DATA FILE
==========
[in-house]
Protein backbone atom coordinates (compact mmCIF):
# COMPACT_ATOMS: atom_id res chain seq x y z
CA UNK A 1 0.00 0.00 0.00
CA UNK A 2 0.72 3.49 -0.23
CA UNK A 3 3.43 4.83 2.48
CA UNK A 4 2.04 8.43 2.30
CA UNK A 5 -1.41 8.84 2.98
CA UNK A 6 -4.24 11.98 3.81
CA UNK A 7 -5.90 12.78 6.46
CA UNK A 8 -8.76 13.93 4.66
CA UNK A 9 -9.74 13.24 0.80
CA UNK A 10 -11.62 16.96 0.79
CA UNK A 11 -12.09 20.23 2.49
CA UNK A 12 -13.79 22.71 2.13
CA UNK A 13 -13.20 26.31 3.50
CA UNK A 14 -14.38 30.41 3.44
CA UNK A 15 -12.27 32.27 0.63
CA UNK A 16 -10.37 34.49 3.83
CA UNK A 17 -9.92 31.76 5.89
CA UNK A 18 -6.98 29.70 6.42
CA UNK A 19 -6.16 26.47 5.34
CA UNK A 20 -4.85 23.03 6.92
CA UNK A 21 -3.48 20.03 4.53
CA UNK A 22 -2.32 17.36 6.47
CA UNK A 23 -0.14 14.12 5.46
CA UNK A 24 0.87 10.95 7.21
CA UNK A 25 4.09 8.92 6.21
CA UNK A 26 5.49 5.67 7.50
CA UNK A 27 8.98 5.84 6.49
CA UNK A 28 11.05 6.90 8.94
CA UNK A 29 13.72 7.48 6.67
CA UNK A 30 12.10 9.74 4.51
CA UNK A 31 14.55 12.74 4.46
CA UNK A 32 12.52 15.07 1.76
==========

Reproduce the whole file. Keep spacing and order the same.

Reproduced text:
[in-house]
Protein backbone atom coordinates (compact mmCIF):
# COMPACT_ATOMS: atom_id res chain seq x y z
CA UNK A 1 0.00 0.00 0.00
CA UNK A 2 0.72 3.49 -0.23
CA UNK A 3 3.43 4.83 2.48
CA UNK A 4 2.04 8.43 2.30
CA UNK A 5 -1.41 8.84 2.98
CA UNK A 6 -4.24 11.98 3.81
CA UNK A 7 -5.90 12.78 6.46
CA UNK A 8 -8.76 13.93 4.66
CA UNK A 9 -9.74 13.24 0.80
CA UNK A 10 -11.62 16.96 0.79
CA UNK A 11 -12.09 20.23 2.49
CA UNK A 12 -13.79 22.71 2.13
CA UNK A 13 -13.20 26.31 3.50
CA UNK A 14 -14.38 30.41 3.44
CA UNK A 15 -12.27 32.27 0.63
CA UNK A 16 -10.37 34.49 3.83
CA UNK A 17 -9.92 31.76 5.89
CA UNK A 18 -6.98 29.70 6.42
CA UNK A 19 -6.16 26.47 5.34
CA UNK A 20 -4.85 23.03 6.92
CA UNK A 21 -3.48 20.03 4.53
CA UNK A 22 -2.32 17.36 6.47
CA UNK A 23 -0.14 14.12 5.46
CA UNK A 24 0.87 10.95 7.21
CA UNK A 25 4.09 8.92 6.21
CA UNK A 26 5.49 5.67 7.50
CA UNK A 27 8.98 5.84 6.49
CA UNK A 28 11.05 6.90 8.94
CA UNK A 29 13.72 7.48 6.67
CA UNK A 30 12.10 9.74 4.51
CA UNK A 31 14.55 12.74 4.46
CA UNK A 32 12.52 15.07 1.76